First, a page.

6. Schedule telephone screens first, then in-person interviews. Sometimes, it may make sense to have the former done by a trusted colleague or assistant. In smaller firms, that may not be possible. In both cases, look for past behaviors as the biggest predictor of future behaviors and the intangibles. Asking questions to get at that is key.
    • Their demeanor, professionalism, follow up, responsiveness, how they treat admin folks
    • Do they pass the airport test (would you want to be stranded in the airport with them?)
    • When you ask a question (always open-ended), listen for the answer – not what they want to tell you, but what you asked for; and if you don’t hear it, clarify the question and what you are asking.
  7. Make sure all appropriate current employees meet and evaluate any final candidates – their opinion matters – you’re building a team (their team!), they won’t want to bring in someone who will hurt the team.
  8. Check references, including contacting people whom the candidate might not have provided – called blind references. Pay attention to what they say and also what they don’t. Ask them similarly worded questions that you asked the candidates.
  9. Make the offer based minimally on the Rule of 3 for timekeepers, and include billable hour requirements in your conversation. Today’s employment climate discourages asking candidates about previous salaries because it can perpetuate salary gaps or inequities.
  10. “Welcome aboard! We’re so happy to have you here!” That’s what every new hire needs to hear and feel. What you do during your new hire’s first few weeks and months makes all the difference in how well they do (for themselves and you). And so, prepare!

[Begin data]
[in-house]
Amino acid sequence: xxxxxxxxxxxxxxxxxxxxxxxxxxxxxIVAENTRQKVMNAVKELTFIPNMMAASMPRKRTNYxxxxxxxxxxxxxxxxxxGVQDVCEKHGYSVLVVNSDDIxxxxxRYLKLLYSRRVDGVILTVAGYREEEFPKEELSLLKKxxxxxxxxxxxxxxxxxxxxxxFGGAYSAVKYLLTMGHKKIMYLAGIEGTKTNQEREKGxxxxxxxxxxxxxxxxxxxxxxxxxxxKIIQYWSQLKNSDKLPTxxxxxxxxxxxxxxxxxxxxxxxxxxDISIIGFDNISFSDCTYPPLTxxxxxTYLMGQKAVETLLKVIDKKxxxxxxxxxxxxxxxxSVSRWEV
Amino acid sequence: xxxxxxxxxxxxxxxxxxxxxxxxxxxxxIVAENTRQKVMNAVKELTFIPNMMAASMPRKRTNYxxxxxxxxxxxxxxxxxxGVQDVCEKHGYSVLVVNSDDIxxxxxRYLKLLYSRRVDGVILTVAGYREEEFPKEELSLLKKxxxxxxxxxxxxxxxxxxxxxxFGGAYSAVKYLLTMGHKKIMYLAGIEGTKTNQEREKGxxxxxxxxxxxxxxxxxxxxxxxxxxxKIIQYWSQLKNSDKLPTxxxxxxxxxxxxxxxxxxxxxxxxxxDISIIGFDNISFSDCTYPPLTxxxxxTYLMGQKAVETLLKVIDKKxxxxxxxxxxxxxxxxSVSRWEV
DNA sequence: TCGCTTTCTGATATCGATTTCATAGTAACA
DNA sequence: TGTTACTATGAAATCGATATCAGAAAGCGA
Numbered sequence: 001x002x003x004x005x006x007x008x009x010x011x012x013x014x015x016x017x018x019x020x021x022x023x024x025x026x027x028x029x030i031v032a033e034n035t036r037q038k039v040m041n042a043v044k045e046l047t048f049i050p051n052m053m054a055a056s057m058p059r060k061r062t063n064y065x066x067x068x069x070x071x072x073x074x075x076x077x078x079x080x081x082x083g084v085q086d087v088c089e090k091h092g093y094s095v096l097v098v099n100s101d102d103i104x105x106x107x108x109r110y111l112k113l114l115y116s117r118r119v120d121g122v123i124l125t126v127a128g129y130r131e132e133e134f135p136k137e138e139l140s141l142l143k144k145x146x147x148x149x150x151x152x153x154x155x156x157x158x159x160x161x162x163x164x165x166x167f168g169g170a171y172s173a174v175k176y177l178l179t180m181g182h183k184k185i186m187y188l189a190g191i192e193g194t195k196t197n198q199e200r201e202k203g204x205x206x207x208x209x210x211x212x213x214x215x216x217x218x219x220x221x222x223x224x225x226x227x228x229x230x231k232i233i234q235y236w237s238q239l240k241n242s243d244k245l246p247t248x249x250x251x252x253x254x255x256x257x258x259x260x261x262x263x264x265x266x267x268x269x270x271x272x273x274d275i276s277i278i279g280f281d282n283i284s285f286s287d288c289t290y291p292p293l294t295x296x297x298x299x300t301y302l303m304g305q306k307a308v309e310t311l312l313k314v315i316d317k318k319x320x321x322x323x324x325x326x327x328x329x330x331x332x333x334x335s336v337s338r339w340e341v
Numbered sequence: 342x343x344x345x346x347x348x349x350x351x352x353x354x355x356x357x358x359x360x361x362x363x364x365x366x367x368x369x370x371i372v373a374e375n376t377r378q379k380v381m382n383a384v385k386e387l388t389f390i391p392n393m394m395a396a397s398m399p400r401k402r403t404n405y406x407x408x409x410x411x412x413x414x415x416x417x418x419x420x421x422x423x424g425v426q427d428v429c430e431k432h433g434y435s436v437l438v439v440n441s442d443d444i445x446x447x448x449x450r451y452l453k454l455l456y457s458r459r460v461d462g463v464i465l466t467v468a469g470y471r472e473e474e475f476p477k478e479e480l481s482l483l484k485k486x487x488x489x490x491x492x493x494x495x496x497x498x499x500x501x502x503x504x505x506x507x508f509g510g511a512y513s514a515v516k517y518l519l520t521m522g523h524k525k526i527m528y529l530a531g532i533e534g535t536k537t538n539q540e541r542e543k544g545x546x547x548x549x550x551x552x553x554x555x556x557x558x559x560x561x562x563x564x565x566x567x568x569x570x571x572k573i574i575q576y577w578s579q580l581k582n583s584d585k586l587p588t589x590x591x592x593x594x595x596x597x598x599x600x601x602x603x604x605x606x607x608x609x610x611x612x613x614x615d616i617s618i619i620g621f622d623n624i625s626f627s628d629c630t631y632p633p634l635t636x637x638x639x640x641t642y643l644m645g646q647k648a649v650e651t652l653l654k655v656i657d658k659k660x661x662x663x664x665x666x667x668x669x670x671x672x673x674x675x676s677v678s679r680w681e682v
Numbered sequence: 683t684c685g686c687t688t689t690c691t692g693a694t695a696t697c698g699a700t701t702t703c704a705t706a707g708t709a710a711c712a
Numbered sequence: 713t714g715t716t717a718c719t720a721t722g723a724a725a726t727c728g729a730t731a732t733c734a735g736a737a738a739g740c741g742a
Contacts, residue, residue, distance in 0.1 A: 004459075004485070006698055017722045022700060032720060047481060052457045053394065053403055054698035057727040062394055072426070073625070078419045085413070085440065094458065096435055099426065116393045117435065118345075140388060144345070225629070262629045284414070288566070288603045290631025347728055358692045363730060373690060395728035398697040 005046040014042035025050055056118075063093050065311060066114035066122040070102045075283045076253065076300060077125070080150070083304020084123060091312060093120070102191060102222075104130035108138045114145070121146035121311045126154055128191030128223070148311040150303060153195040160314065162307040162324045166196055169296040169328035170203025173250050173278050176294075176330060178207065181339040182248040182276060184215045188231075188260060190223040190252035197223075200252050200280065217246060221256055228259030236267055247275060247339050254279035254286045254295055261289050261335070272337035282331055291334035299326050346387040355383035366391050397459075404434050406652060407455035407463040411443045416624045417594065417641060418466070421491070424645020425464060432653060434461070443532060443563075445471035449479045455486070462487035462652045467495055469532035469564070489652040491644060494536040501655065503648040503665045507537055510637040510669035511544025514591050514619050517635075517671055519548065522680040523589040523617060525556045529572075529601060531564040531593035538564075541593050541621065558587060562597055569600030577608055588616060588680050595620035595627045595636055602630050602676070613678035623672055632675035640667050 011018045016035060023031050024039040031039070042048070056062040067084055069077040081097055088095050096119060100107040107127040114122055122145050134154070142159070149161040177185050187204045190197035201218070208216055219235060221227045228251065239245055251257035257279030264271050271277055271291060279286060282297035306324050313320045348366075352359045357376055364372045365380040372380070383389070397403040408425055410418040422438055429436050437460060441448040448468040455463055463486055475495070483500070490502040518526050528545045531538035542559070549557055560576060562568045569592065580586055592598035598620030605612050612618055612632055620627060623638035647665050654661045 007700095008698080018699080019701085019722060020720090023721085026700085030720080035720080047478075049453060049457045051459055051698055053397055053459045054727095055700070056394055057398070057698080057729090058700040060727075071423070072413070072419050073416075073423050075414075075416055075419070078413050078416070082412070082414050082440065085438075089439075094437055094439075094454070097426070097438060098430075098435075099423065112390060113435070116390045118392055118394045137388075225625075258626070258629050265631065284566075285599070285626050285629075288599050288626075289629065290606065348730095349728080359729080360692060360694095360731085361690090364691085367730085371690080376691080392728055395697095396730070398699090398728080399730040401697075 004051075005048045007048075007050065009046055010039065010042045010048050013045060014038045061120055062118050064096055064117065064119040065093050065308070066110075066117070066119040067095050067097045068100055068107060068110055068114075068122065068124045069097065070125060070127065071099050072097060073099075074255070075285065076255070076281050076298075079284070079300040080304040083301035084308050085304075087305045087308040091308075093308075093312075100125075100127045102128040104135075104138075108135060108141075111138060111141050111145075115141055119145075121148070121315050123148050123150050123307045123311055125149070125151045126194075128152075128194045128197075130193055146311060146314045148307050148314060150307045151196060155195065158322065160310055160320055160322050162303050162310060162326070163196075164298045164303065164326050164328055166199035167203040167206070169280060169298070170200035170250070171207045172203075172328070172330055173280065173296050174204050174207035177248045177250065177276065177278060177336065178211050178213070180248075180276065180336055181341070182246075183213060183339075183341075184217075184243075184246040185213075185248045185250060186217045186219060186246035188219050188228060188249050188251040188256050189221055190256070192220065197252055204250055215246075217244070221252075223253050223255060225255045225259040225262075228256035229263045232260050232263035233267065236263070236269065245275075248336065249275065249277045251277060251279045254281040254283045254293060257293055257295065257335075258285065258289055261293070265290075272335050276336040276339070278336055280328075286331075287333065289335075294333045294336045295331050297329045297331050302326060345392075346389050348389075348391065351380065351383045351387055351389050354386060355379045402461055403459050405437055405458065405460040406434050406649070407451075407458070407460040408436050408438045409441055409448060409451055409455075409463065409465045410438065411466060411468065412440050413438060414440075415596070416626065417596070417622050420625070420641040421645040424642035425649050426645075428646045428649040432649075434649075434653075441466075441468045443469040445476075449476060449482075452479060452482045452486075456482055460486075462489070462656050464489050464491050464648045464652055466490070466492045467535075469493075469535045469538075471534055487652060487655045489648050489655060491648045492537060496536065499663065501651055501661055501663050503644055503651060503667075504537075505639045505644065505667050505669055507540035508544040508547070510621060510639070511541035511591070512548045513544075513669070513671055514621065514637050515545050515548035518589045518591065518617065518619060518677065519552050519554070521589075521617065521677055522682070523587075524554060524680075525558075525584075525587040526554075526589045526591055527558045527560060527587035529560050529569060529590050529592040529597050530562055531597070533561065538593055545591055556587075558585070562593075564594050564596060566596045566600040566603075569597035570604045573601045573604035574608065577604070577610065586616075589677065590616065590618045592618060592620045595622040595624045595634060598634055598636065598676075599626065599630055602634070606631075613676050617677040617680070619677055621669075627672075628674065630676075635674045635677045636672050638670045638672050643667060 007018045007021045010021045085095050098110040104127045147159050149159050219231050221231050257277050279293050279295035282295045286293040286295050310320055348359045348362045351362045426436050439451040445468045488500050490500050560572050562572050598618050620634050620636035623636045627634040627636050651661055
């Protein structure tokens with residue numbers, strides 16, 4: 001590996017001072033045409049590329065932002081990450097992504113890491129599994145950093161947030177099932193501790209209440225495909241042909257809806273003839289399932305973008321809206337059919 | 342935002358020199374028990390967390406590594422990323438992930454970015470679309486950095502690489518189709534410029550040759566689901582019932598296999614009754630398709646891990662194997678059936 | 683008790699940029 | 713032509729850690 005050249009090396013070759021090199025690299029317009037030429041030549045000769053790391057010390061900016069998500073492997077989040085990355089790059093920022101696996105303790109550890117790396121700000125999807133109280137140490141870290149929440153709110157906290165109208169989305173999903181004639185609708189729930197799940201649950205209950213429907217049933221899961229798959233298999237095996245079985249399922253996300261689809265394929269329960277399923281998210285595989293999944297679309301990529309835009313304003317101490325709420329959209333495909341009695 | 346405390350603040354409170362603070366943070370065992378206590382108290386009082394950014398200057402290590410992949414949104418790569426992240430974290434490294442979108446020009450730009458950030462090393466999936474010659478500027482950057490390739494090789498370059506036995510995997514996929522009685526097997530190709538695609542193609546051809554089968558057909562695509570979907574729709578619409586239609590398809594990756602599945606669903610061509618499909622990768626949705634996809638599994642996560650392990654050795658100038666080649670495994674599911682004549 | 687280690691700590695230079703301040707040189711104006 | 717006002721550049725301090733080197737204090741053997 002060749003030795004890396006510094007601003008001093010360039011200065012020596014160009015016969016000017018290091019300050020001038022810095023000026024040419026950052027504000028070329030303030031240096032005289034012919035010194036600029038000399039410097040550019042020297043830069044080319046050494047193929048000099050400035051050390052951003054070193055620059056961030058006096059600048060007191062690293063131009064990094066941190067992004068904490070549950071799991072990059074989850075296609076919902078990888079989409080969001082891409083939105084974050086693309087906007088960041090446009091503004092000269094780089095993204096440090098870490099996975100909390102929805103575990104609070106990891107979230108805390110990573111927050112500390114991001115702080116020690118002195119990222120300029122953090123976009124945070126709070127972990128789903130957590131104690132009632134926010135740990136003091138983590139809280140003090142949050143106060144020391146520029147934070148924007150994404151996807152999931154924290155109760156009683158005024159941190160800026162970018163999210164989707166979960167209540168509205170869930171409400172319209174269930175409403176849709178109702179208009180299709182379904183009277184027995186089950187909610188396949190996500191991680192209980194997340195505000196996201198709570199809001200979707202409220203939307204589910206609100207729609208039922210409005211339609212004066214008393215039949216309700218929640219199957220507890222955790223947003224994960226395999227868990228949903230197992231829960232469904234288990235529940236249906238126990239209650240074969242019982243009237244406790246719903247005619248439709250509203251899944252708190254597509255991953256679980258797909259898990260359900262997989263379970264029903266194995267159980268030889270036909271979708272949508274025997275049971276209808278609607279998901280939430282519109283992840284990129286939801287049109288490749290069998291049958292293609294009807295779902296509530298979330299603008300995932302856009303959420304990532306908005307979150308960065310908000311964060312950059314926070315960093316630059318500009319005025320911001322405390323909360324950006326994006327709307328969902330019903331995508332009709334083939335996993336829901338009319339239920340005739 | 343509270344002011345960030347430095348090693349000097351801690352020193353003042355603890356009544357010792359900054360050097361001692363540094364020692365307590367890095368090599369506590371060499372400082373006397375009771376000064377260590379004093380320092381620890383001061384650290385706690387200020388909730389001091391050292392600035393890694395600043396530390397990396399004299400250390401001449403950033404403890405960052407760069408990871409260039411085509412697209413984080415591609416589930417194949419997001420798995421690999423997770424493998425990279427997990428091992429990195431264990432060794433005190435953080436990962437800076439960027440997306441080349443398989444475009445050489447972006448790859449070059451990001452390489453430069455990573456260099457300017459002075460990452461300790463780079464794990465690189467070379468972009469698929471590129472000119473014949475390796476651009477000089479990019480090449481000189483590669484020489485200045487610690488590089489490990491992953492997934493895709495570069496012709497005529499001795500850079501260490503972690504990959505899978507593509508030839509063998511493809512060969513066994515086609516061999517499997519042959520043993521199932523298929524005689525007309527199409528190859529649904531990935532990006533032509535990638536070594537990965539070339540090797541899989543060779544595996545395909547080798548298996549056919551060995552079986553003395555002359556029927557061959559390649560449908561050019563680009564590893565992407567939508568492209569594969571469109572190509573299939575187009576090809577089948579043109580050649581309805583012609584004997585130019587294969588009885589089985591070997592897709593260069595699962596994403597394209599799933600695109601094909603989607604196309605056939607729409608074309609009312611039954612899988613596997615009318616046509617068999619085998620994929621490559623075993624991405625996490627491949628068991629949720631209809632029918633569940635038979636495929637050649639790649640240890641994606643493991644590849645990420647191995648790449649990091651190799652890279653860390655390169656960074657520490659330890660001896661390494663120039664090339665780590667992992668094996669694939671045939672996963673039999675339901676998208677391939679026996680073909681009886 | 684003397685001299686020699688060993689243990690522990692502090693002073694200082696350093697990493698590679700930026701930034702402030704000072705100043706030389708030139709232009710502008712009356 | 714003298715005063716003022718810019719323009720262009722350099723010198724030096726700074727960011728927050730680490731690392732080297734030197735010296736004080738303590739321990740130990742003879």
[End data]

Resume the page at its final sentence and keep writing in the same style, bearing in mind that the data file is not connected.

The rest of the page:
• Their space should be ready and comfortable, including a designated office, computer, supplies.
    • Business cards/email and a phone should be setup.
    • Introductory breakfast or lunch (food is always a good choice for team building) with everyone present – getting to know each other as colleagues and as people.
    • Expectation/Goal Setting meeting with you and a plan on regularly scheduled check-ins over the first couple of months to ensure a smooth landing.

There you have it.  But don’t forget there is another part of the hiring that’s critical besides the strategies found in Hire Slow, Fire Fast – and that is to always develop. I’ll cover that another time.  In the meantime, happy hiring.


Regina Olbinsky is an Atticus Certified Practice Advisor with nearly 30 years’ experience helping organizations of all sizes develop staff and businesses.  She holds an MBA from the Weatherhead School of Management at Case Western Reserve University and a BS from Ohio State University. She is a passionate lifelong learner with numerous certifications in leadership, including DiSC, 5 Behaviors of a Cohesive Team, Emotional Intelligence, Appreciative Inquiry, Human Resources, and Coaching. In addition, she is a business owner and entrepreneur who graduated from the intensive Goldman Sachs 10,000 Small Business program.

Atticus, Inc.

This article was written by an Atticus staff member.